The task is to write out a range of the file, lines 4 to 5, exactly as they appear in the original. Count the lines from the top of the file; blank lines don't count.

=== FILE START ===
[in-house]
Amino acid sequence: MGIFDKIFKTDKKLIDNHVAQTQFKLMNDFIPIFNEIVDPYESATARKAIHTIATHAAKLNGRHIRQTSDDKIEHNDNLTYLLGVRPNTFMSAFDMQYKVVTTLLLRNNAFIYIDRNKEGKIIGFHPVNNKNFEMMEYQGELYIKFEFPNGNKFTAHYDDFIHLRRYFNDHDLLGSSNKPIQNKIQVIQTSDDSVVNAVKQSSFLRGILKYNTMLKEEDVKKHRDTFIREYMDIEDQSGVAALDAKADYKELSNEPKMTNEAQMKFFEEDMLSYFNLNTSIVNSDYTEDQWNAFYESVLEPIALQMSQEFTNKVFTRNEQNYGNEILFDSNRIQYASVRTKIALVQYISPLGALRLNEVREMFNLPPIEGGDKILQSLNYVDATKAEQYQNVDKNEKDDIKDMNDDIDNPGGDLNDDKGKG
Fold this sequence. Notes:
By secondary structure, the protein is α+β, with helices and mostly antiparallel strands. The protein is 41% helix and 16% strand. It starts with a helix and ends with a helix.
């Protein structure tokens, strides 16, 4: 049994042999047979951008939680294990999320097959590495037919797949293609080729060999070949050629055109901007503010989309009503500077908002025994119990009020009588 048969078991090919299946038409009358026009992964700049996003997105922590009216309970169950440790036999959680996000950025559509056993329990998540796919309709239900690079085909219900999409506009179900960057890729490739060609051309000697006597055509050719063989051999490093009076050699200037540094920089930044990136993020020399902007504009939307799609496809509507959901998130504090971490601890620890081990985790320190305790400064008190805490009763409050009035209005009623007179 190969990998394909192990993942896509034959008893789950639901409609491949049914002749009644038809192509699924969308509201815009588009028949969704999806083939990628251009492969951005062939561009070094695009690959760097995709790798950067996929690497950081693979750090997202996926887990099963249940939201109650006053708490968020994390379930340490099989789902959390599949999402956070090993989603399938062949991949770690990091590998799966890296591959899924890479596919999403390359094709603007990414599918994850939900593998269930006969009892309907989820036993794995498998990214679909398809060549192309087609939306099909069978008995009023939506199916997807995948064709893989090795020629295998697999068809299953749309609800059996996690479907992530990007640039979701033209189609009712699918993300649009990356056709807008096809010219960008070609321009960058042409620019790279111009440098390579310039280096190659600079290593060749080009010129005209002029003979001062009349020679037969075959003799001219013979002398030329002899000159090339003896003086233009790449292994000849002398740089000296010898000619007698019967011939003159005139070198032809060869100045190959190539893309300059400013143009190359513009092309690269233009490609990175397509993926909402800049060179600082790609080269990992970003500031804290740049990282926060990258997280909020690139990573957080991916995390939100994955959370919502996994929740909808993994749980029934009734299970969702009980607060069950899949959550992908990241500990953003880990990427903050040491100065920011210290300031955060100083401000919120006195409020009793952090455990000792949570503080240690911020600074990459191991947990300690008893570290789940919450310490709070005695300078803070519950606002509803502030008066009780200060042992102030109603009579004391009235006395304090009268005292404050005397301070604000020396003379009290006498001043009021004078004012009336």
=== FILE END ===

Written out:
By secondary structure, the protein is α+β, with helices and mostly antiparallel strands. The protein is 41% helix and 16% strand. It starts with a helix and ends with a helix.
């Protein structure tokens, strides 16, 4: 049994042999047979951008939680294990999320097959590495037919797949293609080729060999070949050629055109901007503010989309009503500077908002025994119990009020009588 048969078991090919299946038409009358026009992964700049996003997105922590009216309970169950440790036999959680996000950025559509056993329990998540796919309709239900690079085909219900999409506009179900960057890729490739060609051309000697006597055509050719063989051999490093009076050699200037540094920089930044990136993020020399902007504009939307799609496809509507959901998130504090971490601890620890081990985790320190305790400064008190805490009763409050009035209005009623007179 190969990998394909192990993942896509034959008893789950639901409609491949049914002749009644038809192509699924969308509201815009588009028949969704999806083939990628251009492969951005062939561009070094695009690959760097995709790798950067996929690497950081693979750090997202996926887990099963249940939201109650006053708490968020994390379930340490099989789902959390599949999402956070090993989603399938062949991949770690990091590998799966890296591959899924890479596919999403390359094709603007990414599918994850939900593998269930006969009892309907989820036993794995498998990214679909398809060549192309087609939306099909069978008995009023939506199916997807995948064709893989090795020629295998697999068809299953749309609800059996996690479907992530990007640039979701033209189609009712699918993300649009990356056709807008096809010219960008070609321009960058042409620019790279111009440098390579310039280096190659600079290593060749080009010129005209002029003979001062009349020679037969075959003799001219013979002398030329002899000159090339003896003086233009790449292994000849002398740089000296010898000619007698019967011939003159005139070198032809060869100045190959190539893309300059400013143009190359513009092309690269233009490609990175397509993926909402800049060179600082790609080269990992970003500031804290740049990282926060990258997280909020690139990573957080991916995390939100994955959370919502996994929740909808993994749980029934009734299970969702009980607060069950899949959550992908990241500990953003880990990427903050040491100065920011210290300031955060100083401000919120006195409020009793952090455990000792949570503080240690911020600074990459191991947990300690008893570290789940919450310490709070005695300078803070519950606002509803502030008066009780200060042992102030109603009579004391009235006395304090009268005292404050005397301070604000020396003379009290006498001043009021004078004012009336």